On June 7th, history was made again. 

I have this headcanon where Jess and Ruby are the same person.

Jess was killed the same way as Mary: burned on the ceiling. Only, Mary was killed because she violated her deal with Azazel. It’s entirely possible that Jess did the same thing. She made a deal and somehow violated it (I like to think that she was under orders to keep Sam away from his family until Azazel gave the okay. Sam leaving with Dean that weekend in the Pilot threw Azazel’s plans out of whack). Only, unlike Mary, Jess actually made the deal with her own soul.

So, with Jess dying and not staying behind as a ghost like Mary did, off to hell she goes. Fast forward to Ruby’s arrival. That episode is 25 months after the Pilot. Translated into Hell Time, that is 250 years.

That is 250 years for Jess’ entire identity to be changed. 250 years for Jess, the gentle civilian, to turn into Ruby, the “14th Century witch”. 250 years for any lingering memory of her humanity to be removed and replaced with whatever memories Hell wanted to give her. But Ruby says she remembered being human, so something must have remained. One possible thing that could be is the reason for her deal in the first place: Sam.

Jess entered Hell thinking “I love Sam Winchester” and would have escaped as Ruby thinking the exact same thing. Only, her two and a half centuries in Hell would have removed any real meaning behind those four words. Two and a half centuries would have tortured any real meaning behind those words out of her. She wouldn’t remember who Sam was. She wouldn’t remember why she loved him. All she would know is that she loves Sam Winchester and would have been more than happy to help Lilith upon finding out that Lilith’s plans meant she could see Sam Winchester.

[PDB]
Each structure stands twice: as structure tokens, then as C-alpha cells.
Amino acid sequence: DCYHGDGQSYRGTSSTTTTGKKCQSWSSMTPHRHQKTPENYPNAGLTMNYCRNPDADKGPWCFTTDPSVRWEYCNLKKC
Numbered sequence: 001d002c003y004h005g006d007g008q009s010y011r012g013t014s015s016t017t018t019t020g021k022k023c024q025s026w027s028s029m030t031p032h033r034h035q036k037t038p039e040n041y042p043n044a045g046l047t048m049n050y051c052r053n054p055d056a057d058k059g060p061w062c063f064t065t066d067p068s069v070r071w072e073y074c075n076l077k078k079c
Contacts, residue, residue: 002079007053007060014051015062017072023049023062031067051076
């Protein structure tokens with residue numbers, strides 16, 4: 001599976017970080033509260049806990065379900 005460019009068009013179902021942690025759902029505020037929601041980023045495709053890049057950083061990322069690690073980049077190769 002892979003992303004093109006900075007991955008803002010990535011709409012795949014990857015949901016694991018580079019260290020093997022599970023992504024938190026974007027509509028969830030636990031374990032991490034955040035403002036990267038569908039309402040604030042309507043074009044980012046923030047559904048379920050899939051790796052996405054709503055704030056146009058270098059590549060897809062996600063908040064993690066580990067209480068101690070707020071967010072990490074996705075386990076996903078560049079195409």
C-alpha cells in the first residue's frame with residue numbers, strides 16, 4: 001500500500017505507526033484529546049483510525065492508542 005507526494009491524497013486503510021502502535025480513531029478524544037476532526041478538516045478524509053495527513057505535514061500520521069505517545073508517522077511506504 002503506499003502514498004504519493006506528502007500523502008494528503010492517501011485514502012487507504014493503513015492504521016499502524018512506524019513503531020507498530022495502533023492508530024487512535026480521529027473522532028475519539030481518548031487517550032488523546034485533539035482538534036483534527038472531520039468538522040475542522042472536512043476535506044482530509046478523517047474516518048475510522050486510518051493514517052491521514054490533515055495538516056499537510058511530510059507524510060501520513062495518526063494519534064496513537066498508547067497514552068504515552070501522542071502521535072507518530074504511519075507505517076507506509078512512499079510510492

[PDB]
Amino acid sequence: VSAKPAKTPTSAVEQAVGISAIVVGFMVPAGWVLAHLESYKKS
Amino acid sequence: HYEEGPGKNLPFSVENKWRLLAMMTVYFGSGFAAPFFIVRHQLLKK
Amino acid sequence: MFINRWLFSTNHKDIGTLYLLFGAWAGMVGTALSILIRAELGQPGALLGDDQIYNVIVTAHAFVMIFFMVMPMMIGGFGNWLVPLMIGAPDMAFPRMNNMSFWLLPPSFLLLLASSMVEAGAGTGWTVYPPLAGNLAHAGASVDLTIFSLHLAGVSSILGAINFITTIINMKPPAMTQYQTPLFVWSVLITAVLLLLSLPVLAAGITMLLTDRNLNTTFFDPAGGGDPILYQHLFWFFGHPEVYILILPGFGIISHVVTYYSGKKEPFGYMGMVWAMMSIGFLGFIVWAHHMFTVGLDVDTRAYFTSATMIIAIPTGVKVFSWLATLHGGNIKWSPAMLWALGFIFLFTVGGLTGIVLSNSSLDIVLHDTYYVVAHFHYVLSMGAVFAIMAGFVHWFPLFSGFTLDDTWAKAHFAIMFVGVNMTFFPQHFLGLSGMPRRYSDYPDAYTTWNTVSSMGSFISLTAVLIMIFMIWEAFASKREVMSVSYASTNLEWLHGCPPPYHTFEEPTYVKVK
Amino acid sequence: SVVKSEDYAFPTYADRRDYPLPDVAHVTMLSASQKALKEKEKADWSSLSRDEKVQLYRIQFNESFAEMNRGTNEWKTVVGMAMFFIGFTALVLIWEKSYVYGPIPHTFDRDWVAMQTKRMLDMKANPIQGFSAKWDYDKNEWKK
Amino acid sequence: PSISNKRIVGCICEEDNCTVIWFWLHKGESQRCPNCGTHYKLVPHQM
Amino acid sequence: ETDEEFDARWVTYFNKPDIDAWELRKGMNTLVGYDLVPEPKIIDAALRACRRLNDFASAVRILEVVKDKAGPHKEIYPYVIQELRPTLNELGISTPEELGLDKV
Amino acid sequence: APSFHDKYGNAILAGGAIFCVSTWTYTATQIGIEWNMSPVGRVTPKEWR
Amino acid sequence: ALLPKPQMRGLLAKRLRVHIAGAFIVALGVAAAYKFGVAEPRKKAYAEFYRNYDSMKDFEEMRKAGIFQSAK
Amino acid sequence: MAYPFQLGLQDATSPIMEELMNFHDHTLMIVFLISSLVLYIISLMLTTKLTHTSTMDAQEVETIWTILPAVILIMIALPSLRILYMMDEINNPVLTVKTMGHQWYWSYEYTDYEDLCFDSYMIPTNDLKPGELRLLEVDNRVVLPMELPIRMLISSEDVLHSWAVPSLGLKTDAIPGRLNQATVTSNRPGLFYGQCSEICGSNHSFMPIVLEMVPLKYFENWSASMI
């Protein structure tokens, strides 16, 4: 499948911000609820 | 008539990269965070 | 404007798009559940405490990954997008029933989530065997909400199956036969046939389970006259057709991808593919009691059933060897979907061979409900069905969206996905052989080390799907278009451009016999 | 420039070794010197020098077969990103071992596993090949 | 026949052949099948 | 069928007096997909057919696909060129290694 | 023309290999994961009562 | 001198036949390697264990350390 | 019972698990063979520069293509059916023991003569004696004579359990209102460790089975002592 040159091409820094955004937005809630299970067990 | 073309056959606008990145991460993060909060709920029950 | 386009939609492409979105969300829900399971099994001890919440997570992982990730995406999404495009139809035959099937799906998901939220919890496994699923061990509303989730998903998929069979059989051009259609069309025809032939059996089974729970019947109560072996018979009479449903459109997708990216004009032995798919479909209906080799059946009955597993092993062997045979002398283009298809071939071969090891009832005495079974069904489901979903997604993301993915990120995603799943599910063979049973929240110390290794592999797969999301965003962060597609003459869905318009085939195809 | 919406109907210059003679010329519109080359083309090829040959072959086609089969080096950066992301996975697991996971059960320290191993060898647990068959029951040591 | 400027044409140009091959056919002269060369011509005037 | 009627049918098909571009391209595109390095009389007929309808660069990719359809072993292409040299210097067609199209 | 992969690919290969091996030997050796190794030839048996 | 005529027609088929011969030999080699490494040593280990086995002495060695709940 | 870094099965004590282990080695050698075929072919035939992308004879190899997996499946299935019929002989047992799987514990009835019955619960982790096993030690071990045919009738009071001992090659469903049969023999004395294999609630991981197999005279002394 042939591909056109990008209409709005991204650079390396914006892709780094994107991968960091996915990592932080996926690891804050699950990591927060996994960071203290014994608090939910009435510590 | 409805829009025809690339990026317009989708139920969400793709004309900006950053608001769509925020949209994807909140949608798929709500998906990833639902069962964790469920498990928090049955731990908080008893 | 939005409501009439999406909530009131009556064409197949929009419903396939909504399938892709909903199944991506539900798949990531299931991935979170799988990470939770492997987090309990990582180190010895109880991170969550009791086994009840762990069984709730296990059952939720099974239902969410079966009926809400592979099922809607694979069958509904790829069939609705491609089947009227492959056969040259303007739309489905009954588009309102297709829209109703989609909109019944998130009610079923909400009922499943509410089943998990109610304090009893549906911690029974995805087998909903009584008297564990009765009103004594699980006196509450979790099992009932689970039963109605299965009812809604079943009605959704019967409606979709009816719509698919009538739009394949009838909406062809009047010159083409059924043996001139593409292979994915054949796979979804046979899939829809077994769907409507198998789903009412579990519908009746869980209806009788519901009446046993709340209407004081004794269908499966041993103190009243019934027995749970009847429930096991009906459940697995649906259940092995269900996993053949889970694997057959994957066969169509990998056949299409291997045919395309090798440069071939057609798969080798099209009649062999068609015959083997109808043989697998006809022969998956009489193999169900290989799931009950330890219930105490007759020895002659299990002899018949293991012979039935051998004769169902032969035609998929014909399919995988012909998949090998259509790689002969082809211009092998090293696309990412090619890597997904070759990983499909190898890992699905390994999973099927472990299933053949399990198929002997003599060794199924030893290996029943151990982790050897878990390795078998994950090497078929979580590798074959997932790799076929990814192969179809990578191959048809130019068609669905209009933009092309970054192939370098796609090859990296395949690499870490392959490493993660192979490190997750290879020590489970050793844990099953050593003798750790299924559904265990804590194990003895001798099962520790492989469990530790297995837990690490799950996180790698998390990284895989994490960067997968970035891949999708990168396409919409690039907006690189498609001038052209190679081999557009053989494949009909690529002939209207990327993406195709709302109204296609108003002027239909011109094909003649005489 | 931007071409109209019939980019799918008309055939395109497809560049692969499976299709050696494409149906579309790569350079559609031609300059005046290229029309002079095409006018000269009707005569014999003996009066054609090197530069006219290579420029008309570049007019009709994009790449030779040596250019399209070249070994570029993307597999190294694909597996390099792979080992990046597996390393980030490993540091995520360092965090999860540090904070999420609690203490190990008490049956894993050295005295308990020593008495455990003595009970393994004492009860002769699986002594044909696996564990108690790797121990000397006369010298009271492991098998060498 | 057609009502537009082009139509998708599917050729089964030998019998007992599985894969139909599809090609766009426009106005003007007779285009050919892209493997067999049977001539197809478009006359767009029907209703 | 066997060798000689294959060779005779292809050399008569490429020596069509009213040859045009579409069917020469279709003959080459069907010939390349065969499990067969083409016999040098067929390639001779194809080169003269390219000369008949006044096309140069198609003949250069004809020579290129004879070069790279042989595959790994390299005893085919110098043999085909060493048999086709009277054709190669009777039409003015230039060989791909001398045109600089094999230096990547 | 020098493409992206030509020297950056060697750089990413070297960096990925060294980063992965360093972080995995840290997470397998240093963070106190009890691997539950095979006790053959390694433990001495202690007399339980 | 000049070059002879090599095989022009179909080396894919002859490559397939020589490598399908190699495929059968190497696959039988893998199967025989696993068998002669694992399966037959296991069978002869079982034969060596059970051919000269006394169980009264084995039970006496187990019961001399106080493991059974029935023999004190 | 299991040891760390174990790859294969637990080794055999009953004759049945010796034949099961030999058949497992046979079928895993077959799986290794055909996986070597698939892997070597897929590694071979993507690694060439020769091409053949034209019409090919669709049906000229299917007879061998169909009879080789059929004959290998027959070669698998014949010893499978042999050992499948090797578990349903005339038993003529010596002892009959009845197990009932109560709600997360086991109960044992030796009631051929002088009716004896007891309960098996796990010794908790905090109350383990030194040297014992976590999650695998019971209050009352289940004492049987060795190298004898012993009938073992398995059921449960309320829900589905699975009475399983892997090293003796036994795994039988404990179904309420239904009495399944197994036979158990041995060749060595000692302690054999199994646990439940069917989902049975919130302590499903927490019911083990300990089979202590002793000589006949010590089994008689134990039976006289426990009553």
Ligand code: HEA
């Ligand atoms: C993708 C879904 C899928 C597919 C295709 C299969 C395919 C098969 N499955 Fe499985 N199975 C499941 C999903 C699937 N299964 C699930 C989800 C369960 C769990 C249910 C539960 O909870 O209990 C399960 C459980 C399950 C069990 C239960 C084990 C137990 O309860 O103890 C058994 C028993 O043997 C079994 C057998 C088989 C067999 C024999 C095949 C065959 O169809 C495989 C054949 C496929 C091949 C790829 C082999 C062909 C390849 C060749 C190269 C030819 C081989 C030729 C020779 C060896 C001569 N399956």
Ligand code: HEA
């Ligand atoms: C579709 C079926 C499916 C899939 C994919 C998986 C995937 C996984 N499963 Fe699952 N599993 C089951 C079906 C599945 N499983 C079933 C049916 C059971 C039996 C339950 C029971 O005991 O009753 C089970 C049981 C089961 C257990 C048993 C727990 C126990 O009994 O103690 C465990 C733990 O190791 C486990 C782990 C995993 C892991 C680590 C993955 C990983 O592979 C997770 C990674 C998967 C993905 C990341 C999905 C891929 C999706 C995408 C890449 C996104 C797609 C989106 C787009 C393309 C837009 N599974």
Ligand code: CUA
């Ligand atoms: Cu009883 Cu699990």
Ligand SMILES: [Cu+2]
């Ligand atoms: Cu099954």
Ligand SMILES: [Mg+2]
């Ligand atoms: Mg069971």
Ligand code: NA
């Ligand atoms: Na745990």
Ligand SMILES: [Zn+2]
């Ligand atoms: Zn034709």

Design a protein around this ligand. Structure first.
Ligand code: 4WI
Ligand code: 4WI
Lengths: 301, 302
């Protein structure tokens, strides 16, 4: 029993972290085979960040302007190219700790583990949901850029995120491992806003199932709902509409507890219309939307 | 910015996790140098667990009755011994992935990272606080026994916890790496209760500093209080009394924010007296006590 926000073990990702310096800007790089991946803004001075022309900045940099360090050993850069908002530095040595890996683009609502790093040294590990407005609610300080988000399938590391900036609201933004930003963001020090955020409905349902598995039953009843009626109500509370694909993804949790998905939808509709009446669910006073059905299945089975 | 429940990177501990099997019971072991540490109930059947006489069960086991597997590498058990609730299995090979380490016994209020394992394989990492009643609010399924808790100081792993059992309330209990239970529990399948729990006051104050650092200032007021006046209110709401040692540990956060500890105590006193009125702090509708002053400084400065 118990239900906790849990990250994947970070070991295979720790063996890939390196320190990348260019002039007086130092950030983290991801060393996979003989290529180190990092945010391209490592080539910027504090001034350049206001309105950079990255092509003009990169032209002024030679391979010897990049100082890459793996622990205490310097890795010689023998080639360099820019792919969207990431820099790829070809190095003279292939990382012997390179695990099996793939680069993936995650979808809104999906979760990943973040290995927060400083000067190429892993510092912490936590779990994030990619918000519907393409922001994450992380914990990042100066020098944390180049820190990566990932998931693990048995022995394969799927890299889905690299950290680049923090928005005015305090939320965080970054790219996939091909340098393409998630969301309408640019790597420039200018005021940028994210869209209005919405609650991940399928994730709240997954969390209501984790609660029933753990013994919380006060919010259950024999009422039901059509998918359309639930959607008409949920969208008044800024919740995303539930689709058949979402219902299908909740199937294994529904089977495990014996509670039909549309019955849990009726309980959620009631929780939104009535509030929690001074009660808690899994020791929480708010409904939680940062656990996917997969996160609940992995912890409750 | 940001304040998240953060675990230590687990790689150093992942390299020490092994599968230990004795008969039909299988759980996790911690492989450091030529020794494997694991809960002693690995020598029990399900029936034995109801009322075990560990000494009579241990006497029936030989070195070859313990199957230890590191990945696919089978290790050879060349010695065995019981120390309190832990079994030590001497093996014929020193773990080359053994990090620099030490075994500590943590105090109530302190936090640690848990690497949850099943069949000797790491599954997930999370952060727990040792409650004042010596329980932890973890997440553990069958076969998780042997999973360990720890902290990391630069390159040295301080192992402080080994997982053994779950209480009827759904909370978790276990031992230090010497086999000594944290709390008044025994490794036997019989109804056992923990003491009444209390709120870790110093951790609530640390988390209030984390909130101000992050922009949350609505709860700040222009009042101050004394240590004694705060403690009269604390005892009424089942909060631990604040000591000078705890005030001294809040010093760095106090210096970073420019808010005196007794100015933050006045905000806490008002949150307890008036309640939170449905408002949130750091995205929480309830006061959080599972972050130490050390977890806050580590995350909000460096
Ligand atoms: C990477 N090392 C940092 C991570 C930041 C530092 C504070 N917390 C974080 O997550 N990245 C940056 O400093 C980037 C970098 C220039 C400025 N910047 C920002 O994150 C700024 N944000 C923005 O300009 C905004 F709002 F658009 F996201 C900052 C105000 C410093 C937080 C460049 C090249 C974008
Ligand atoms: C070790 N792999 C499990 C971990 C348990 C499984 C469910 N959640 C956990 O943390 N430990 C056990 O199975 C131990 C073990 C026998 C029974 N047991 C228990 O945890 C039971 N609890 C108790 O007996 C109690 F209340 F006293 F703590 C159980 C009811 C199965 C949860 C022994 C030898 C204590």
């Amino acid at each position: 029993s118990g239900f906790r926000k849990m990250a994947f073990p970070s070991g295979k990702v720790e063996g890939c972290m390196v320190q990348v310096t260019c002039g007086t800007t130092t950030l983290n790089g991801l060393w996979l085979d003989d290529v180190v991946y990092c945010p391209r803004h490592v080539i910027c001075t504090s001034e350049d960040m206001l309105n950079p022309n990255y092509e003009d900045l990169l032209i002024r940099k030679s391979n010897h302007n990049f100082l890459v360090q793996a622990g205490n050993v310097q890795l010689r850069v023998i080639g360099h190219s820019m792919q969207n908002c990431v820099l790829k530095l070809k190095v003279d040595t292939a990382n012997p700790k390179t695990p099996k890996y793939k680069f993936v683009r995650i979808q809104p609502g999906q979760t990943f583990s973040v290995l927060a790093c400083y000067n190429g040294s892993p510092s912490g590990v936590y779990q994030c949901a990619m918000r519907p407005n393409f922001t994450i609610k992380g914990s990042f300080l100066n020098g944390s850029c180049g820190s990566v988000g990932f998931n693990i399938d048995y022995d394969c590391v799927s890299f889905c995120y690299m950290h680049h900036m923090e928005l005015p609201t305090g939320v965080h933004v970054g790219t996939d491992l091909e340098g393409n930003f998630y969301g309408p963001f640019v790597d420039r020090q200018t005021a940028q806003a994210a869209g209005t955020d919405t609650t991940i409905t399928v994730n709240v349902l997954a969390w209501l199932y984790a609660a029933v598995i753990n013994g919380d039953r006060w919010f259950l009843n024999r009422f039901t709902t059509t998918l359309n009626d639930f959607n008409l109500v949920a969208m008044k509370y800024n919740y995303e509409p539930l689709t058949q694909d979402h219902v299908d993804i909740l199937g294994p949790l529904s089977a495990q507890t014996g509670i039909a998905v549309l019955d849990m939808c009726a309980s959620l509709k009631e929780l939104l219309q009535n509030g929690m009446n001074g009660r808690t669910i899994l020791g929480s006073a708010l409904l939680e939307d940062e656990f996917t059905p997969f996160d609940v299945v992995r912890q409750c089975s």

Ruby is comparatively gentle with Sam. She does what he asks. She doesn’t force him away from Dean in her manipulations (she allows that to happen on its own). She even goes out of her way to please him by finding a brain-dead Jane Doe to inhabit. Even as Sam becomes more and more addicted to Demon’s Blood, she enables him in a way that caters to his conscience. Ruby could have done a lot worse than all that and still maintain her status as Lilith’s Double Agent.

However, she did not and appeared quite pleased with herself when it looked like she and Sam were both about to be rewarded by Lucifer. She did her job, was the best at it, and was about to get both herself and the love of her life rewarded in the best way possible. Because Ruby had love in her eyes as she looked at Sam those moments before Dean killed her. Because that is the only thing she remembered from her time as a human.

I love Sam Winchester.”

Ruby loved Sam Winchester because Jessica Moore loved Sam Winchester. Because they’re the same person.